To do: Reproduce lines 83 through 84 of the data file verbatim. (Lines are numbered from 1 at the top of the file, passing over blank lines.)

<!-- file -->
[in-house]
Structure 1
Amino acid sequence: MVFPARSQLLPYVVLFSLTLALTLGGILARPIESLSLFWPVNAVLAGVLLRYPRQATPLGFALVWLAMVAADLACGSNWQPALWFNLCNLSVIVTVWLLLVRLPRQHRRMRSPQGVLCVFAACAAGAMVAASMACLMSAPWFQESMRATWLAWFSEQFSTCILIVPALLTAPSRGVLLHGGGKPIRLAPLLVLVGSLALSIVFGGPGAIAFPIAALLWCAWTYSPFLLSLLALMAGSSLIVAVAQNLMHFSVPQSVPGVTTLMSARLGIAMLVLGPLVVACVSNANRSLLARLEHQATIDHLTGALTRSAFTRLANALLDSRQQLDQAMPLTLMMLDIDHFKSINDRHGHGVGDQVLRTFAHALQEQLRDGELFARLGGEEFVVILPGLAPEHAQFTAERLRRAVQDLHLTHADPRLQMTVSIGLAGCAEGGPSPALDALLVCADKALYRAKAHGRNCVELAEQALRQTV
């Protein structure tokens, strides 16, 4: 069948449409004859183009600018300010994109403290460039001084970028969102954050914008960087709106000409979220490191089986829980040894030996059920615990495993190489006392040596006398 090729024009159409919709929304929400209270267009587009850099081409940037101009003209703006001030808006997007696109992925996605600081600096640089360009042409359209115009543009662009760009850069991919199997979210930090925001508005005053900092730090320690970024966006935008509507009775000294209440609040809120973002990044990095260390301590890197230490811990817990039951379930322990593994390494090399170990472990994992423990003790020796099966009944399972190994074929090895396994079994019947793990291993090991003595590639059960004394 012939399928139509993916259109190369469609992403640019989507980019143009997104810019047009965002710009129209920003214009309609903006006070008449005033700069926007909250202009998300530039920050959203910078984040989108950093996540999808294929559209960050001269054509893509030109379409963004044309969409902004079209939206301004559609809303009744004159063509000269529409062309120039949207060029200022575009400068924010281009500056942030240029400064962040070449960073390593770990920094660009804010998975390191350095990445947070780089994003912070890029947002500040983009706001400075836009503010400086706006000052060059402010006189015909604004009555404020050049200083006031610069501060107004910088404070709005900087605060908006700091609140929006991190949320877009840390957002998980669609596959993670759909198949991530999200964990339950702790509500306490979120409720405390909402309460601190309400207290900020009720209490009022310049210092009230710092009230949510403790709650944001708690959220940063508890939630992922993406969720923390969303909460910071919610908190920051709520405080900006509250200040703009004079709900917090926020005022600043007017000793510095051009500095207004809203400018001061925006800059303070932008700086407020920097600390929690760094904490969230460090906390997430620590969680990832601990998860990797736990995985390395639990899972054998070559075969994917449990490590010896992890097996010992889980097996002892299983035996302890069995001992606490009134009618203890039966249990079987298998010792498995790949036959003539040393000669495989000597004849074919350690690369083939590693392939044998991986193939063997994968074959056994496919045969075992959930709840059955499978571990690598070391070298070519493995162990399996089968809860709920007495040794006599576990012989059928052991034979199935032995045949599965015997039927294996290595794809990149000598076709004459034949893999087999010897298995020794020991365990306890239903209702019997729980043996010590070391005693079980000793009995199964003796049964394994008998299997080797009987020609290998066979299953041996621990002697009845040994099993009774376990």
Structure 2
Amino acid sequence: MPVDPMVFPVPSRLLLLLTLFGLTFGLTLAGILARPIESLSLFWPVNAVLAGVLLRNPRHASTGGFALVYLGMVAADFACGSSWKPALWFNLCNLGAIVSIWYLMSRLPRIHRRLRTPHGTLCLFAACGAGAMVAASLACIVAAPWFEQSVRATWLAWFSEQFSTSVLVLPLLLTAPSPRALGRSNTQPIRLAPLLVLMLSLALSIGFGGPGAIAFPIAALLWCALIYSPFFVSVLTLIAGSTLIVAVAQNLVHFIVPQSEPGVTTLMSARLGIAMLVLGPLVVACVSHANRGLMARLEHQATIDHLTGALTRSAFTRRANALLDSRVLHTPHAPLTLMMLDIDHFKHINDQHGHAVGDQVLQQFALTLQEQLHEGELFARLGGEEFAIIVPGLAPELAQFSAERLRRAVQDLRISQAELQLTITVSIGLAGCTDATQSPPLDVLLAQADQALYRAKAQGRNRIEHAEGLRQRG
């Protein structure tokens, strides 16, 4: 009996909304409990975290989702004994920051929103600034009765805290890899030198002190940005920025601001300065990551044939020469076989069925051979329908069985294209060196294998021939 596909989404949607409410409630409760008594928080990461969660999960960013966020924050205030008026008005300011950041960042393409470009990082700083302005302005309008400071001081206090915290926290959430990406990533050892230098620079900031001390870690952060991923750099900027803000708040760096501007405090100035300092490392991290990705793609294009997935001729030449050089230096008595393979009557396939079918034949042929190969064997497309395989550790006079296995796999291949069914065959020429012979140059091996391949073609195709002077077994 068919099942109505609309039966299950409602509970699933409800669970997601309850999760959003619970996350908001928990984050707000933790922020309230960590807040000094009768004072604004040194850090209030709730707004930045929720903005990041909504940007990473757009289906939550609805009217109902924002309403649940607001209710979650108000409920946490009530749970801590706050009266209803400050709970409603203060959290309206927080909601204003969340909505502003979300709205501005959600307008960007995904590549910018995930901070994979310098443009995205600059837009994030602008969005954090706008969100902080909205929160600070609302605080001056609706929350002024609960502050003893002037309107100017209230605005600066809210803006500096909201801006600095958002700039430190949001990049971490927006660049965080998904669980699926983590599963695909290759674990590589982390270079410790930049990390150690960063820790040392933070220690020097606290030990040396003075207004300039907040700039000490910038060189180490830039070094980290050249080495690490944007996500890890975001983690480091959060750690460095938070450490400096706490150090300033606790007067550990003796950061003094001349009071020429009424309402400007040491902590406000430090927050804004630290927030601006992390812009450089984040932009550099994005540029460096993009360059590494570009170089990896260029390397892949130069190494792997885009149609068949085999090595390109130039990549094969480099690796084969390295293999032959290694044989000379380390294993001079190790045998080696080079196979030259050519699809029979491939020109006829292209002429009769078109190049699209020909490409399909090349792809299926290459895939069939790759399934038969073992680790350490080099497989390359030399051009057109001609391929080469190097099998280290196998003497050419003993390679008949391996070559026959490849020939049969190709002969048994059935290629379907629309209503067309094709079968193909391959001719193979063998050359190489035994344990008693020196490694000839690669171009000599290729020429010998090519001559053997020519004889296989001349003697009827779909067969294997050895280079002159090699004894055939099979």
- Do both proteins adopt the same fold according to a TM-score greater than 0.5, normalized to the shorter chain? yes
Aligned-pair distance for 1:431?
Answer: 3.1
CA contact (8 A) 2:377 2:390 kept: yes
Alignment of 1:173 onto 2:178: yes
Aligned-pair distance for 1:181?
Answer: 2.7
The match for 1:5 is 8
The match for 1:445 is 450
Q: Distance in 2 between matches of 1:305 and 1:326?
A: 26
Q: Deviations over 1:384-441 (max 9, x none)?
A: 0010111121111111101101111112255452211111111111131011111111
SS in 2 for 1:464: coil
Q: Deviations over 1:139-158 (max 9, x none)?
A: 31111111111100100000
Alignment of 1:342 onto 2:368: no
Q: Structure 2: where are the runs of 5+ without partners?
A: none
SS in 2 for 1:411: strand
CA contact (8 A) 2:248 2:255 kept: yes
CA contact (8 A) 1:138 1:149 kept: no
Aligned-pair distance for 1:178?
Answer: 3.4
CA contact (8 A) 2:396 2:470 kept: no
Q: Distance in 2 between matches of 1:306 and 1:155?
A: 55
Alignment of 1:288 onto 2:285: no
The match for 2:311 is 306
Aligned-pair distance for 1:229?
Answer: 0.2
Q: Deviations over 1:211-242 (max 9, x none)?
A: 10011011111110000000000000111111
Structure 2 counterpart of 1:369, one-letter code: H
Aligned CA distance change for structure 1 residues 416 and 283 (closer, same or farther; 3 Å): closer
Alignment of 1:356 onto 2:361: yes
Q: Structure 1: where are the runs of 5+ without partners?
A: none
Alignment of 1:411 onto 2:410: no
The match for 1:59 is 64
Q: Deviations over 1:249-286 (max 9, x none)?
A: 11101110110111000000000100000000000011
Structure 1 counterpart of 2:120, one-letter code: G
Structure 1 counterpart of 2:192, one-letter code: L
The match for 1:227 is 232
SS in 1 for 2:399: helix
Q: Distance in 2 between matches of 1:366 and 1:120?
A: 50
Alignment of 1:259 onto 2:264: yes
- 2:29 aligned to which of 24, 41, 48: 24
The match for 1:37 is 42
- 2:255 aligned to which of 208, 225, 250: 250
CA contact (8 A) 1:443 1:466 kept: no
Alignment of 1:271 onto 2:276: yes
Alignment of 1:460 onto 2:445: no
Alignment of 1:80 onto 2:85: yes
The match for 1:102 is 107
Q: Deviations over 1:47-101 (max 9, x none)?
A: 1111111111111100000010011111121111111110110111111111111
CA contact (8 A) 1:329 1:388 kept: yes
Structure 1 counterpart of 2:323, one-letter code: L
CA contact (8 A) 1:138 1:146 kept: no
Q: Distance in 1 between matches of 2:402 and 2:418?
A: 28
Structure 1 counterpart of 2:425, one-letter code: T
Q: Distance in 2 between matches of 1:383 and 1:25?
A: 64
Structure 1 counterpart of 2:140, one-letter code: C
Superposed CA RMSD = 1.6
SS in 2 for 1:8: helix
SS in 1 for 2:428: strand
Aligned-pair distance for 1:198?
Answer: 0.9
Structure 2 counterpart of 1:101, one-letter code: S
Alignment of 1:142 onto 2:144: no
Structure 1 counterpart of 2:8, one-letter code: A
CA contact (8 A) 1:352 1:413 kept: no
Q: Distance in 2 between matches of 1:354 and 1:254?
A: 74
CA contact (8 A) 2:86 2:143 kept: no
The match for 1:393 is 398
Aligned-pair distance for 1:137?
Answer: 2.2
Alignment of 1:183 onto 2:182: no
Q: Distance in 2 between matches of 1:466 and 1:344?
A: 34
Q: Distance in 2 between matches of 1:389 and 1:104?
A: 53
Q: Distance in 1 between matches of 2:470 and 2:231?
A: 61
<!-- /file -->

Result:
Structure 1 counterpart of 2:8, one-letter code: A
CA contact (8 A) 1:352 1:413 kept: no